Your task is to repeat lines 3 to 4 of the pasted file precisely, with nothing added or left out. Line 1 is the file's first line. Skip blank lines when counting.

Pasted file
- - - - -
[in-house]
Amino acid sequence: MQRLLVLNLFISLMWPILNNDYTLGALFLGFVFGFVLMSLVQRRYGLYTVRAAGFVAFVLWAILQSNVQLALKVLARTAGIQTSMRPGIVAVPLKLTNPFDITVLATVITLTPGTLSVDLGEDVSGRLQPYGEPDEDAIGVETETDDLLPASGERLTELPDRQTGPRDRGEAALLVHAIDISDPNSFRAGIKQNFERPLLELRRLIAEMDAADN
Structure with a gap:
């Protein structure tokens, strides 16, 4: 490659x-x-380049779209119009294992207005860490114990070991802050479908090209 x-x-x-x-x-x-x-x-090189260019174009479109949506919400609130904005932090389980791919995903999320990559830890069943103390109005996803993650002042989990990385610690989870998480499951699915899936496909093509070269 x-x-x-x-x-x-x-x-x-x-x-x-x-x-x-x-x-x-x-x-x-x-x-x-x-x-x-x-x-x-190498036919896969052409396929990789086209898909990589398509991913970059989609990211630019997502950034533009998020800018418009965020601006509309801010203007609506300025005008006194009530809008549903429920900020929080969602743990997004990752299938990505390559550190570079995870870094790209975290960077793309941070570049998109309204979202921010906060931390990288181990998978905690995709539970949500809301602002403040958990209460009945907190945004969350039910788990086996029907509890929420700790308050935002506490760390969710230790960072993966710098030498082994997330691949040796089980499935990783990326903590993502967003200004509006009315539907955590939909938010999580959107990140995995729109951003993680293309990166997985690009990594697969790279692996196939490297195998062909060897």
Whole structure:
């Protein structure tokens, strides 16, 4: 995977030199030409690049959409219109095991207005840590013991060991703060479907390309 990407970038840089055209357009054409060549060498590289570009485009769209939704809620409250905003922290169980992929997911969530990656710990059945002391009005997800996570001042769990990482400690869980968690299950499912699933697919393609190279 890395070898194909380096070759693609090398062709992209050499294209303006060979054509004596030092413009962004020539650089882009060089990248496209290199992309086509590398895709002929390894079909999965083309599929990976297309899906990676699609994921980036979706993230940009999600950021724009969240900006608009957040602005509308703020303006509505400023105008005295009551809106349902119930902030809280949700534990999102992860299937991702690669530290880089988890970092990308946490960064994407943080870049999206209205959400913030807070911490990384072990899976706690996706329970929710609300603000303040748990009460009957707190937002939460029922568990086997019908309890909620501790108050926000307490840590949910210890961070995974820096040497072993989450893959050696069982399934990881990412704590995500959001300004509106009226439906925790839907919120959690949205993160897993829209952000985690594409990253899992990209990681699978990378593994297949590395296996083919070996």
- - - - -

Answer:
Structure with a gap:
């Protein structure tokens, strides 16, 4: 490659x-x-380049779209119009294992207005860490114990070991802050479908090209 x-x-x-x-x-x-x-x-090189260019174009479109949506919400609130904005932090389980791919995903999320990559830890069943103390109005996803993650002042989990990385610690989870998480499951699915899936496909093509070269 x-x-x-x-x-x-x-x-x-x-x-x-x-x-x-x-x-x-x-x-x-x-x-x-x-x-x-x-x-x-190498036919896969052409396929990789086209898909990589398509991913970059989609990211630019997502950034533009998020800018418009965020601006509309801010203007609506300025005008006194009530809008549903429920900020929080969602743990997004990752299938990505390559550190570079995870870094790209975290960077793309941070570049998109309204979202921010906060931390990288181990998978905690995709539970949500809301602002403040958990209460009945907190945004969350039910788990086996029907509890929420700790308050935002506490760390969710230790960072993966710098030498082994997330691949040796089980499935990783990326903590993502967003200004509006009315539907955590939909938010999580959107990140995995729109951003993680293309990166997985690009990594697969790279692996196939490297195998062909060897």